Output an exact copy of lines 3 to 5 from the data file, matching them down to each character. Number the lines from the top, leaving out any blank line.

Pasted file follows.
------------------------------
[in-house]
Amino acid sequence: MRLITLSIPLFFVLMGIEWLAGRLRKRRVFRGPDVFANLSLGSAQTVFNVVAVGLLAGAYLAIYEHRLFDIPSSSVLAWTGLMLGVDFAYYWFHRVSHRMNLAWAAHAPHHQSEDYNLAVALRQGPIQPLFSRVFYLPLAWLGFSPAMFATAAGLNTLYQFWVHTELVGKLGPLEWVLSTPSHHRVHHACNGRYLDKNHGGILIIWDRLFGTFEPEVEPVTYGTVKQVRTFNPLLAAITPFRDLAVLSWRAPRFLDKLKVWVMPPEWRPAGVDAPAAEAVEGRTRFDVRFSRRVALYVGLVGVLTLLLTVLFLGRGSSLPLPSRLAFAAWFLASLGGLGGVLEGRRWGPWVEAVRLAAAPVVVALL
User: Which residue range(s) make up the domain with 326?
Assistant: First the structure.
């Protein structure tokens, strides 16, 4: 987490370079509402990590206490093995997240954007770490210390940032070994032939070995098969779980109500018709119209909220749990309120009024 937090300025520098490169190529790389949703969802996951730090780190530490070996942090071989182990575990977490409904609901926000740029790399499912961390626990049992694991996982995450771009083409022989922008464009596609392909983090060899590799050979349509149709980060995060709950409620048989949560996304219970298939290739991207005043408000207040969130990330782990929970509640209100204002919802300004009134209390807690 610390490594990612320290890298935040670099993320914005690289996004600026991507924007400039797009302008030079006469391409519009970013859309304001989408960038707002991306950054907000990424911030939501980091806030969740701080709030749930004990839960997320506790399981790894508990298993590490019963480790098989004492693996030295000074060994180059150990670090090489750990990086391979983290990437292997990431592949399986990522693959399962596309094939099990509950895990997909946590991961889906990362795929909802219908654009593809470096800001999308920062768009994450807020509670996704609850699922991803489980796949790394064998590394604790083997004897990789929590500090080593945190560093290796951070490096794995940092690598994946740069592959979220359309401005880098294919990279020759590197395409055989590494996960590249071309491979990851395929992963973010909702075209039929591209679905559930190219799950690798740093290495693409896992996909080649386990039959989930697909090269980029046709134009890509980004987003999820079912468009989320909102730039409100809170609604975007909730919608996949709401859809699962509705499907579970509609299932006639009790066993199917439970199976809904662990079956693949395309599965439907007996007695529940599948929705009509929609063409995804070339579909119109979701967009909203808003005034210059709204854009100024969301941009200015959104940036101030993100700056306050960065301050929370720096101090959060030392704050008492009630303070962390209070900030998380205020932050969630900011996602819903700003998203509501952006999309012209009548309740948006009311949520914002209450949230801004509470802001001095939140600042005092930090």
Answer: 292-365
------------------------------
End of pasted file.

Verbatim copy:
User: Which residue range(s) make up the domain with 326?
Assistant: First the structure.
């Protein structure tokens, strides 16, 4: 987490370079509402990590206490093995997240954007770490210390940032070994032939070995098969779980109500018709119209909220749990309120009024 937090300025520098490169190529790389949703969802996951730090780190530490070996942090071989182990575990977490409904609901926000740029790399499912961390626990049992694991996982995450771009083409022989922008464009596609392909983090060899590799050979349509149709980060995060709950409620048989949560996304219970298939290739991207005043408000207040969130990330782990929970509640209100204002919802300004009134209390807690 610390490594990612320290890298935040670099993320914005690289996004600026991507924007400039797009302008030079006469391409519009970013859309304001989408960038707002991306950054907000990424911030939501980091806030969740701080709030749930004990839960997320506790399981790894508990298993590490019963480790098989004492693996030295000074060994180059150990670090090489750990990086391979983290990437292997990431592949399986990522693959399962596309094939099990509950895990997909946590991961889906990362795929909802219908654009593809470096800001999308920062768009994450807020509670996704609850699922991803489980796949790394064998590394604790083997004897990789929590500090080593945190560093290796951070490096794995940092690598994946740069592959979220359309401005880098294919990279020759590197395409055989590494996960590249071309491979990851395929992963973010909702075209039929591209679905559930190219799950690798740093290495693409896992996909080649386990039959989930697909090269980029046709134009890509980004987003999820079912468009989320909102730039409100809170609604975007909730919608996949709401859809699962509705499907579970509609299932006639009790066993199917439970199976809904662990079956693949395309599965439907007996007695529940599948929705009509929609063409995804070339579909119109979701967009909203808003005034210059709204854009100024969301941009200015959104940036101030993100700056306050960065301050929370720096101090959060030392704050008492009630303070962390209070900030998380205020932050969630900011996602819903700003998203509501952006999309012209009548309740948006009311949520914002209450949230801004509470802001001095939140600042005092930090």